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Broken statue of Saddam, symbolic of broken Iraqi dreams

Posted By Philippe Khan

April 9th 2003 witnessed extraordinary scenes in Baghdad, where the U.S.-led occupation forces pulled down the statue of the former leader of the Iraqi nation, Saddam Hussein, with height of about four men -- and one of the symbols of Saddam's rule over Iraq, in a staged demonstration orchestrated by the military. 

TV footage showed Iraqis tearing down portraits of Saddam and throwing shoes at the statue. 

Many analysts and actually U.S. officials referred to the event as symbolising the overthrow of the suppression of Iraqis. 

But today, four years after the war broke out, killing hundreds of thousands of Iraqis, the nation sees the fall of Saddam’s statue as a symbol of the brutality of the occupation and violence that has become the new face of their country.

A sculpture representing "freedom" has replaced the old statue of Saddam in central Baghdad's Firdos Square. But Iraqis, according to an editorial on Middle East Online, say the scuplture is green and ugly. 

"The sculpture of freedom has no meaning," Middle East Online quoted Nabil Ahmed, who owns a nearby barber's salon, as saying. 

"It does not reflect reality. One lives here in constant insecurity. Freedom has no meaning without safety. The situation has gone from bad to worse." 

"When I see it, I see sadness and desperation," Customer Qusay Taha says as he gets a shave. 

"Today there is nobody around except American soldiers who take photographs as they go by."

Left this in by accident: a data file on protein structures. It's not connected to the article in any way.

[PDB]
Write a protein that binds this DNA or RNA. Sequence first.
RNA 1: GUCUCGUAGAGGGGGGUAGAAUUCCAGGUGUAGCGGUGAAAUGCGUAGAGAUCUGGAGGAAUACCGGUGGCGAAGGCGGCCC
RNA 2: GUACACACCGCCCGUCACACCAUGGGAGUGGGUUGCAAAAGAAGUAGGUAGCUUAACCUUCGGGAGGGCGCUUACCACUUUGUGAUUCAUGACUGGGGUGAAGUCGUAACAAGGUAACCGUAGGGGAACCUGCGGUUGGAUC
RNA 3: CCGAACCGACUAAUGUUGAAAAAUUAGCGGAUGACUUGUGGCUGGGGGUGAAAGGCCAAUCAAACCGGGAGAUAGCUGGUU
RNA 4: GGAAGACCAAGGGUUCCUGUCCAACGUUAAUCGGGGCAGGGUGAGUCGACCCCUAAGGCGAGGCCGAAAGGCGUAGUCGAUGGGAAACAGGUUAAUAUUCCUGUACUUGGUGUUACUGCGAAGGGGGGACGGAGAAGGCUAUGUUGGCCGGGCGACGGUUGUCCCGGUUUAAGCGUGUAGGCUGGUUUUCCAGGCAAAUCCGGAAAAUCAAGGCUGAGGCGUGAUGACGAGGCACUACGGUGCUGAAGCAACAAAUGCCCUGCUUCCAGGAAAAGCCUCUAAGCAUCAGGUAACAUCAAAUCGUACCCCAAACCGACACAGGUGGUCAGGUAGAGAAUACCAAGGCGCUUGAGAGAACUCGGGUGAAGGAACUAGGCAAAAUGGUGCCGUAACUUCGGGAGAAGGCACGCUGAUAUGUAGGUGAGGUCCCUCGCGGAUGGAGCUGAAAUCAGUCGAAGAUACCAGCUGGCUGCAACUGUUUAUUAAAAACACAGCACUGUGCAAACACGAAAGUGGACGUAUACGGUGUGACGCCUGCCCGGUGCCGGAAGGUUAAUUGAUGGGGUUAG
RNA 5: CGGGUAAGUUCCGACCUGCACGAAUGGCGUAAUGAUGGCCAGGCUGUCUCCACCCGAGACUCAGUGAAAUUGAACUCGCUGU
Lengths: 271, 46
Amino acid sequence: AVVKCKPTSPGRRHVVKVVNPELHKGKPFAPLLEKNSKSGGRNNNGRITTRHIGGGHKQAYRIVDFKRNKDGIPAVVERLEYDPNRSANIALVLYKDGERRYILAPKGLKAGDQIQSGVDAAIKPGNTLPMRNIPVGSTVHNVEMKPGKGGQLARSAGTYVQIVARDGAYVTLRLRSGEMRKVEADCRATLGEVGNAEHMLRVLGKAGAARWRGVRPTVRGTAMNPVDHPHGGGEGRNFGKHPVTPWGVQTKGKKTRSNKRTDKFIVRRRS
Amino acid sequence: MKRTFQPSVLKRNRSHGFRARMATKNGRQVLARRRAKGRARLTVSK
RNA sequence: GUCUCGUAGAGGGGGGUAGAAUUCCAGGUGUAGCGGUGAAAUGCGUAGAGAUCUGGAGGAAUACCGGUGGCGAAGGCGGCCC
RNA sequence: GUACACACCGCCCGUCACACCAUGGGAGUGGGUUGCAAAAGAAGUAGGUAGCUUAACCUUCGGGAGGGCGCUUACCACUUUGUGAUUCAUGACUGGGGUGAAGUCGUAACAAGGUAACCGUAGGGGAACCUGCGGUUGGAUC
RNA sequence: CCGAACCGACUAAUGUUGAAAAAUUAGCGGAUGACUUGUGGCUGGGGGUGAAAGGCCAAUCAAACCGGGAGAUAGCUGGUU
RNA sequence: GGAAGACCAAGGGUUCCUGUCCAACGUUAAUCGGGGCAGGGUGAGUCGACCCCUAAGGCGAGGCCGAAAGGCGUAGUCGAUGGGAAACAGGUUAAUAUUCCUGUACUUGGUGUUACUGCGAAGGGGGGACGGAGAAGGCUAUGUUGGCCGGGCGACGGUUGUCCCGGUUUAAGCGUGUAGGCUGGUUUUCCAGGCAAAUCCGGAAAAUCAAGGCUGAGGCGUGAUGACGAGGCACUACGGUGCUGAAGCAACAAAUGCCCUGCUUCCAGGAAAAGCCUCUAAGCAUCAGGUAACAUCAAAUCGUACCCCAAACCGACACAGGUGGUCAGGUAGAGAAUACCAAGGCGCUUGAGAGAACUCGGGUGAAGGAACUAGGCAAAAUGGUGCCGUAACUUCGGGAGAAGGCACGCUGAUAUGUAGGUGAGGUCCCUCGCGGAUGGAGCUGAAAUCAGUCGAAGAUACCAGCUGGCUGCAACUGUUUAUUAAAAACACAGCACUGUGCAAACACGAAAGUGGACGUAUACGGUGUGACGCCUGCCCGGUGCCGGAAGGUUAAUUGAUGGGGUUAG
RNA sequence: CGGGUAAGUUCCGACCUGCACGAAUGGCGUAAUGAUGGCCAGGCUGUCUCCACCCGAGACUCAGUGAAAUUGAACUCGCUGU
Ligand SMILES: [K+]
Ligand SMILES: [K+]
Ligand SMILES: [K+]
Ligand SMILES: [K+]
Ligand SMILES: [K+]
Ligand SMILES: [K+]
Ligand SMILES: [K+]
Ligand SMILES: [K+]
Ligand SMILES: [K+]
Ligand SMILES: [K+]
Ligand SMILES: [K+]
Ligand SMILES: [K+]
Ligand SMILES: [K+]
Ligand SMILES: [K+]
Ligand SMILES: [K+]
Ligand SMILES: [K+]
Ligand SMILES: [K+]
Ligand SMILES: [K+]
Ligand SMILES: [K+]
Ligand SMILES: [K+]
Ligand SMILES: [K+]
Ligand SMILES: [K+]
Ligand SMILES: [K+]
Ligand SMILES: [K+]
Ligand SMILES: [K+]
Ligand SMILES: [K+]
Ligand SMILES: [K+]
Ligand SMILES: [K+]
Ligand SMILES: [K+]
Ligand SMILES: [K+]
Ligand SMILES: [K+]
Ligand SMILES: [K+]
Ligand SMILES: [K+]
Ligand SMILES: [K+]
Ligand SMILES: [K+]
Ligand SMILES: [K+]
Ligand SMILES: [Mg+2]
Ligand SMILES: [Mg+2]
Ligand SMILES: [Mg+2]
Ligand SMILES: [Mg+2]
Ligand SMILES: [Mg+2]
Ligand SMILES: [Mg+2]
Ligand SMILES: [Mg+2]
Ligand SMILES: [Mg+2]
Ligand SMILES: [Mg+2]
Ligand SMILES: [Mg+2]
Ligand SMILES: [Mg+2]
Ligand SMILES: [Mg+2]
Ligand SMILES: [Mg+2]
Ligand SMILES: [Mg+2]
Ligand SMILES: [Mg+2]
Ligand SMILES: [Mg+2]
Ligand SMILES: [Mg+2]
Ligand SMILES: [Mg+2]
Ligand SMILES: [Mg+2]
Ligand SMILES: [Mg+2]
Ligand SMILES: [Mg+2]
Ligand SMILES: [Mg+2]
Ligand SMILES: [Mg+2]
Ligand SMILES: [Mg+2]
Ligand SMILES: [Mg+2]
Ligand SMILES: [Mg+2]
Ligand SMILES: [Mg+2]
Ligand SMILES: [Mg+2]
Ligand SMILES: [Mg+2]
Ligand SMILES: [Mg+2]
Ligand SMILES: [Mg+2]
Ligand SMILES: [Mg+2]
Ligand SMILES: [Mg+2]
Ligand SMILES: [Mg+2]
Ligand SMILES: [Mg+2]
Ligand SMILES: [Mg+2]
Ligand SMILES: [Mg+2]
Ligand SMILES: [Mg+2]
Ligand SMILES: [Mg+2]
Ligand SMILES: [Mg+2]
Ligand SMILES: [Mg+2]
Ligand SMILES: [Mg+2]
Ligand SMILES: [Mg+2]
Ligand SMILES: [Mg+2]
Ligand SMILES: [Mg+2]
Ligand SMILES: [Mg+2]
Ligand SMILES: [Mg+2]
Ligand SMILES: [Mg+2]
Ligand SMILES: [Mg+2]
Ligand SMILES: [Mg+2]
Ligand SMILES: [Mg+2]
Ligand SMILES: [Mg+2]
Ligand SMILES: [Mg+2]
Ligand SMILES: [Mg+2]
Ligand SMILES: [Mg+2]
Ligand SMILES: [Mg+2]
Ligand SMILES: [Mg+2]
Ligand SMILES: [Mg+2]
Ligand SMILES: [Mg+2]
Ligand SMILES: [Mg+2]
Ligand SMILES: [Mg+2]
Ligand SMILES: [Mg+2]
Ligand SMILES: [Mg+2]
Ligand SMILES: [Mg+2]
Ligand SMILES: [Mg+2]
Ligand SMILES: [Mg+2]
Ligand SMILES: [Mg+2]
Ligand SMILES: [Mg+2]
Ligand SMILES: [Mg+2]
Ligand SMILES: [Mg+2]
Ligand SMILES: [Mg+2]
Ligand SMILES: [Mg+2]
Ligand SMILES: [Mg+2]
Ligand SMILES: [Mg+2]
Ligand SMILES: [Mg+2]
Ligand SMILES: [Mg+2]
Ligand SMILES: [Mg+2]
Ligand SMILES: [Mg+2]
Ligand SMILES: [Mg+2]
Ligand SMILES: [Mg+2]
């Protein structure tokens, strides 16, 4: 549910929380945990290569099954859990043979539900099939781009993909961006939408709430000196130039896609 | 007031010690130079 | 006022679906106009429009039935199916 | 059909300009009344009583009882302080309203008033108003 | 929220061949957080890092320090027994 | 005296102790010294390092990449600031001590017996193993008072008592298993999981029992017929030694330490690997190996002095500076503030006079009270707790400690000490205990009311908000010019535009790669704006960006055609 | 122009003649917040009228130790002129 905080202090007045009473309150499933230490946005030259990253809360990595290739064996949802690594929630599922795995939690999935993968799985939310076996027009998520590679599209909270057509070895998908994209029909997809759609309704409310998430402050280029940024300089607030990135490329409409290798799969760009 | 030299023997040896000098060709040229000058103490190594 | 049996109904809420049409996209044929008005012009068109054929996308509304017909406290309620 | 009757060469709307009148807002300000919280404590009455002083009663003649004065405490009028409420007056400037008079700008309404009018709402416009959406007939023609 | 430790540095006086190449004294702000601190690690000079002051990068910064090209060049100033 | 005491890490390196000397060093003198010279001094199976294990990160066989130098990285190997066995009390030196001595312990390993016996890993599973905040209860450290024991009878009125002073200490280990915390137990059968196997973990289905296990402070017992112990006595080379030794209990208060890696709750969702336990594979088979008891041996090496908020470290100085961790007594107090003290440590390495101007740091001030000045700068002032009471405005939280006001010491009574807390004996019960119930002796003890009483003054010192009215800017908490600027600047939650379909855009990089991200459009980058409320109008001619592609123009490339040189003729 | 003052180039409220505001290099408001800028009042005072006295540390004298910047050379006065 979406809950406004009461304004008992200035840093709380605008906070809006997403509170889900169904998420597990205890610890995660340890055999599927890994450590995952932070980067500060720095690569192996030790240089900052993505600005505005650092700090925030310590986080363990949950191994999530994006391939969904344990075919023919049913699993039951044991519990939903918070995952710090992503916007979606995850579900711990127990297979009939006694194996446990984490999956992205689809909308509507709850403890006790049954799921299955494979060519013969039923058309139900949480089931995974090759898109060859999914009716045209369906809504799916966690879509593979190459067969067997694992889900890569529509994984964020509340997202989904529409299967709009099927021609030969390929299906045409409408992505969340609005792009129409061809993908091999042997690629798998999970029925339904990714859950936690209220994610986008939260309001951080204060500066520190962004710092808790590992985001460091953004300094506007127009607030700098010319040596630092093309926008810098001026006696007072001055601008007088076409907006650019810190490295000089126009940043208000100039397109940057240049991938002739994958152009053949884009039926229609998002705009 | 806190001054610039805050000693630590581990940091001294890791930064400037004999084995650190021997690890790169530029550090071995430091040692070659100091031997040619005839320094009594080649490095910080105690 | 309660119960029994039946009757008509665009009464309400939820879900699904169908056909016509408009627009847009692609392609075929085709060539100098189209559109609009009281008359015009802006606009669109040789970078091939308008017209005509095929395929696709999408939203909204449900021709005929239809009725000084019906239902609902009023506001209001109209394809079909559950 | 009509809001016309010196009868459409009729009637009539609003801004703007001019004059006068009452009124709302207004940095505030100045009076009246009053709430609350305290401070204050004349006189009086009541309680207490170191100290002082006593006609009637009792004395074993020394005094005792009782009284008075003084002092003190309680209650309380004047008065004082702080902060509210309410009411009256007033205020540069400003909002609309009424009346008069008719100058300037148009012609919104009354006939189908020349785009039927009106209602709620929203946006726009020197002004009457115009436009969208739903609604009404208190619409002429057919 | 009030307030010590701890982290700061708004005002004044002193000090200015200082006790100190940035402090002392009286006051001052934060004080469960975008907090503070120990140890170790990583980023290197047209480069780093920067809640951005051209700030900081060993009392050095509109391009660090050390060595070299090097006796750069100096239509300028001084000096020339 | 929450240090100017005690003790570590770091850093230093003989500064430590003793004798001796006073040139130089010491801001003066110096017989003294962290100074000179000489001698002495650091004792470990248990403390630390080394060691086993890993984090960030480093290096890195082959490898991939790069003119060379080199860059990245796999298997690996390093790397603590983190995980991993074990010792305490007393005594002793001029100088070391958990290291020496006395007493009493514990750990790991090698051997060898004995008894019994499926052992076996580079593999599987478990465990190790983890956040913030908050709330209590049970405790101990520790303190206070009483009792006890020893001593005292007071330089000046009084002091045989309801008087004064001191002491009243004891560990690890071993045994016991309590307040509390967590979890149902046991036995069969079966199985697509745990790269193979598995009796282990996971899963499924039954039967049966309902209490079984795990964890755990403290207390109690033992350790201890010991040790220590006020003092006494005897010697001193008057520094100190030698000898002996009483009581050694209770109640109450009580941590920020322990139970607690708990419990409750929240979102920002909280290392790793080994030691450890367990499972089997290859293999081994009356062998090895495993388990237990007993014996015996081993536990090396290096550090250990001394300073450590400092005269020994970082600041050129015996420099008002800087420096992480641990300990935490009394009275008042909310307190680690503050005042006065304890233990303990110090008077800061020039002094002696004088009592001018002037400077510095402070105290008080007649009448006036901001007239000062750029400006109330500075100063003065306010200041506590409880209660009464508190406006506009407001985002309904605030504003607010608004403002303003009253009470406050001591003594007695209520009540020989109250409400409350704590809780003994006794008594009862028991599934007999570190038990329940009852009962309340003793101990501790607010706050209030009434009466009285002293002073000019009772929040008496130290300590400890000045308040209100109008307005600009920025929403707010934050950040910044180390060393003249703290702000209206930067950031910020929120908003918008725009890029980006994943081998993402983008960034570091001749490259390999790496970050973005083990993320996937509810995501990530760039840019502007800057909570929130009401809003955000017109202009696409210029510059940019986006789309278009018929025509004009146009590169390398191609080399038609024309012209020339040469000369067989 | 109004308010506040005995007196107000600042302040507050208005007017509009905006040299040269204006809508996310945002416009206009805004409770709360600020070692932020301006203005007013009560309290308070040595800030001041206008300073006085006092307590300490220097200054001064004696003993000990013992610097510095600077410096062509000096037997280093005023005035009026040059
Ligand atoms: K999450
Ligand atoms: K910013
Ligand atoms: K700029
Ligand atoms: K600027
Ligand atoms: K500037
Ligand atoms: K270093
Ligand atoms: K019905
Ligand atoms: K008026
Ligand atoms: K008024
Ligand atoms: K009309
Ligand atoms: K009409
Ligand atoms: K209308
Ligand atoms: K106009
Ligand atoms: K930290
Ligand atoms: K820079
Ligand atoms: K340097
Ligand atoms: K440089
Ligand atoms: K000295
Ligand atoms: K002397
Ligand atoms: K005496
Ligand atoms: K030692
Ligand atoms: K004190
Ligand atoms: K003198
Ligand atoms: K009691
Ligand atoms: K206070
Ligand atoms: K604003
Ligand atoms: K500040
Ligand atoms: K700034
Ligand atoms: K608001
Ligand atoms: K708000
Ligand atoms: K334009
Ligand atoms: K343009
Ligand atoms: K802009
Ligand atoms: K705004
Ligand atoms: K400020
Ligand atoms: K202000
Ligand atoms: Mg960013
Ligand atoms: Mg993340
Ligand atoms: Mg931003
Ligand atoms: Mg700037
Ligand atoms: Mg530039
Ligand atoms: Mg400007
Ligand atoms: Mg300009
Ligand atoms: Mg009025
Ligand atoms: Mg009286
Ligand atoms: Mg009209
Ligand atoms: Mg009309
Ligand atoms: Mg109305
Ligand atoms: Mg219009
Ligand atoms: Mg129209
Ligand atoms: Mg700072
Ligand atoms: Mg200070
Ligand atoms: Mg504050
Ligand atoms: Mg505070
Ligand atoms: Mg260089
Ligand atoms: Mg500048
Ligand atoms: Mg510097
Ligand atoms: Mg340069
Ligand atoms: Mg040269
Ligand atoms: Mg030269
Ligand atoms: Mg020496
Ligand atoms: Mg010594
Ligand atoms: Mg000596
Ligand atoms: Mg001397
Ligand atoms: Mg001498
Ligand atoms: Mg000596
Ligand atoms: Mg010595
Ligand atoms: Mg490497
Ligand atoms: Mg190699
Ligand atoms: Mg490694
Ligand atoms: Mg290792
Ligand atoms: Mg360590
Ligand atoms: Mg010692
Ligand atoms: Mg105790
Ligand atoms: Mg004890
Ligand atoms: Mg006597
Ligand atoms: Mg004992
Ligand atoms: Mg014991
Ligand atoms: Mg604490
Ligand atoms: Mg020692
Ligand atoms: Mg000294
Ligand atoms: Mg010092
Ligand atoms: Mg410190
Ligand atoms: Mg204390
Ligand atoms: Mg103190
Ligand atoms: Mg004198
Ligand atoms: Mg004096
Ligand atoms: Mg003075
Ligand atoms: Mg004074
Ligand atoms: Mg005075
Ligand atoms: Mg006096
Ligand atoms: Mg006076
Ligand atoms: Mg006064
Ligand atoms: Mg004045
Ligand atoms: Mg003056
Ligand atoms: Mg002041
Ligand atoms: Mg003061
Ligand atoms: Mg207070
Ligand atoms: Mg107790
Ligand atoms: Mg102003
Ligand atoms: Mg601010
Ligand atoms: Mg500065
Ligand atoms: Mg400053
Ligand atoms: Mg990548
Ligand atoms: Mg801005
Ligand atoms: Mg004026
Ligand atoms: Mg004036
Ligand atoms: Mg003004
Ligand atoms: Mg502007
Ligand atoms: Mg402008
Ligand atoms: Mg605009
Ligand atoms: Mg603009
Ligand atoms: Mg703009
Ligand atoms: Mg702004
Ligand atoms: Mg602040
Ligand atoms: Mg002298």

The toppling of the statue of the old “dictator” marked the end of an unjust regime and the beginning of a new one, not less brutal.

"We were happy. At that time we thought everything would get better. In fact, the opposite has happened. There is this insecurity. Today, when I look at the statue, I feel overwhelmed by sadness," Mona Mahmoud, a 46-year-old mother of two said. 

"The Americans must leave, they are responsible for the situation today. If they go, the situation will become stable in one or two months," Mohamed Ali, another employee of the Palestine Hotel says. 

"Yes, at the beginning, when we saw the statue falling, we were happy. The country was liberated,” the editorial quoted an Iraqi who only gave his name as Qais, as saying.

"We thought the fall of the regime would bring freedom, reconstruction but as the days passed we saw it was lies. This new statue, is of injustice, inequality. The fall of the statue is now the broken dreams of Iraqis."

But the U.S. still refuses to admit responsibility for the chaotic situation in Iraq. Four years of bloodshed and violence are still referred to by the American President as years of noble struggle that reaped relatively good results.

 

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